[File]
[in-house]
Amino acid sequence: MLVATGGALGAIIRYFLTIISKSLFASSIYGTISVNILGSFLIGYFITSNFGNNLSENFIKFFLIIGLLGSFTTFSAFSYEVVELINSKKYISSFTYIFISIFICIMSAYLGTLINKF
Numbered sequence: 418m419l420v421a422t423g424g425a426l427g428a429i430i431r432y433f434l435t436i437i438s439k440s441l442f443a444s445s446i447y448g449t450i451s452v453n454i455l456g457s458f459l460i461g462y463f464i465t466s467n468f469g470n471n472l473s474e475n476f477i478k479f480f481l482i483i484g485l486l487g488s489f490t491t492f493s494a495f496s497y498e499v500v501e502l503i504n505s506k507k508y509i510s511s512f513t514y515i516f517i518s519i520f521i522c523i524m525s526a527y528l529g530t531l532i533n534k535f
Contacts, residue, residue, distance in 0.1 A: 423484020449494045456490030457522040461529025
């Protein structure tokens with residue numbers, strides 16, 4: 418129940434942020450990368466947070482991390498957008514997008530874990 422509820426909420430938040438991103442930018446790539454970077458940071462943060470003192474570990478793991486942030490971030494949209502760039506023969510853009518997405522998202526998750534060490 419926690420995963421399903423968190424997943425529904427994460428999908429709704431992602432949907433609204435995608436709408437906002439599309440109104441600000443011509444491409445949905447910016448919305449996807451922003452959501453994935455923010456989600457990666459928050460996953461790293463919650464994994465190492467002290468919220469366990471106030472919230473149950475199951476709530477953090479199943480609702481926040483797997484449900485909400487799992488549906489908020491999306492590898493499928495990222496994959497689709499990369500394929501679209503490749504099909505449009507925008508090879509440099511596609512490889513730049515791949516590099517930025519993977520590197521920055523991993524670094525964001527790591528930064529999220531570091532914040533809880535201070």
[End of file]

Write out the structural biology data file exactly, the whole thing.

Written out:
[in-house]
Amino acid sequence: MLVATGGALGAIIRYFLTIISKSLFASSIYGTISVNILGSFLIGYFITSNFGNNLSENFIKFFLIIGLLGSFTTFSAFSYEVVELINSKKYISSFTYIFISIFICIMSAYLGTLINKF
Numbered sequence: 418m419l420v421a422t423g424g425a426l427g428a429i430i431r432y433f434l435t436i437i438s439k440s441l442f443a444s445s446i447y448g449t450i451s452v453n454i455l456g457s458f459l460i461g462y463f464i465t466s467n468f469g470n471n472l473s474e475n476f477i478k479f480f481l482i483i484g485l486l487g488s489f490t491t492f493s494a495f496s497y498e499v500v501e502l503i504n505s506k507k508y509i510s511s512f513t514y515i516f517i518s519i520f521i522c523i524m525s526a527y528l529g530t531l532i533n534k535f
Contacts, residue, residue, distance in 0.1 A: 423484020449494045456490030457522040461529025
């Protein structure tokens with residue numbers, strides 16, 4: 418129940434942020450990368466947070482991390498957008514997008530874990 422509820426909420430938040438991103442930018446790539454970077458940071462943060470003192474570990478793991486942030490971030494949209502760039506023969510853009518997405522998202526998750534060490 419926690420995963421399903423968190424997943425529904427994460428999908429709704431992602432949907433609204435995608436709408437906002439599309440109104441600000443011509444491409445949905447910016448919305449996807451922003452959501453994935455923010456989600457990666459928050460996953461790293463919650464994994465190492467002290468919220469366990471106030472919230473149950475199951476709530477953090479199943480609702481926040483797997484449900485909400487799992488549906489908020491999306492590898493499928495990222496994959497689709499990369500394929501679209503490749504099909505449009507925008508090879509440099511596609512490889513730049515791949516590099517930025519993977520590197521920055523991993524670094525964001527790591528930064529999220531570091532914040533809880535201070």